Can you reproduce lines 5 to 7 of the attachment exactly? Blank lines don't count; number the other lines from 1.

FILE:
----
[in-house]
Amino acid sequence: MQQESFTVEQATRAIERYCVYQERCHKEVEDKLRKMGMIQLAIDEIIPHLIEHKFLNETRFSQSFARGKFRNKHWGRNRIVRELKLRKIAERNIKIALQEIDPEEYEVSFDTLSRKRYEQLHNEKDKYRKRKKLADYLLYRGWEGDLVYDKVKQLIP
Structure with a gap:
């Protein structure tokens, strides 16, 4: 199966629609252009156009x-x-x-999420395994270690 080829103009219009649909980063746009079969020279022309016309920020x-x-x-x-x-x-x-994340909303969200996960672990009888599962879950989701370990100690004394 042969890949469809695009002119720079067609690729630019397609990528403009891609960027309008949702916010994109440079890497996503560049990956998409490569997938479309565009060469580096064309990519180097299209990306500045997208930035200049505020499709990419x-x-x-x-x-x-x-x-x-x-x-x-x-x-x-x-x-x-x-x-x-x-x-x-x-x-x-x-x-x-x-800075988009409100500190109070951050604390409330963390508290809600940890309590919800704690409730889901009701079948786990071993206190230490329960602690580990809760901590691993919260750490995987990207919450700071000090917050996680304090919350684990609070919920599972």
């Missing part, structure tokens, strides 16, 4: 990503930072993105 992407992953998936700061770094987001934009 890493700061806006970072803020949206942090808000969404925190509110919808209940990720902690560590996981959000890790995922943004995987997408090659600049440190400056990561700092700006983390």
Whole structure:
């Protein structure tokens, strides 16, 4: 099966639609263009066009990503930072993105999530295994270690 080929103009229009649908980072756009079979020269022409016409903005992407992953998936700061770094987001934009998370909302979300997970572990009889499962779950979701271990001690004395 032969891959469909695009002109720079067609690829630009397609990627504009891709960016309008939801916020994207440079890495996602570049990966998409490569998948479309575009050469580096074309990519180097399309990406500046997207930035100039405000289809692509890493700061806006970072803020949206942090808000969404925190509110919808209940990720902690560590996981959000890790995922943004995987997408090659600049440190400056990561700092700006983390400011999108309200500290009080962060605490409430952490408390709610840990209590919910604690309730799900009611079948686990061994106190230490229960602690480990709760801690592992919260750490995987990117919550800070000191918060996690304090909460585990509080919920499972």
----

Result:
């Missing part, structure tokens, strides 16, 4: 990503930072993105 992407992953998936700061770094987001934009 890493700061806006970072803020949206942090808000969404925190509110919808209940990720902690560590996981959000890790995922943004995987997408090659600049440190400056990561700092700006983390």
Whole structure:
């Protein structure tokens, strides 16, 4: 099966639609263009066009990503930072993105999530295994270690 080929103009229009649908980072756009079979020269022409016409903005992407992953998936700061770094987001934009998370909302979300997970572990009889499962779950979701271990001690004395 032969891959469909695009002109720079067609690829630009397609990627504009891709960016309008939801916020994207440079890495996602570049990966998409490569998948479309575009050469580096074309990519180097399309990406500046997207930035100039405000289809692509890493700061806006970072803020949206942090808000969404925190509110919808209940990720902690560590996981959000890790995922943004995987997408090659600049440190400056990561700092700006983390400011999108309200500290009080962060605490409430952490408390709610840990209590919910604690309730799900009611079948686990061994106190230490229960602690480990709760801690592992919260750490995987990117919550800070000191918060996690304090909460585990509080919920499972």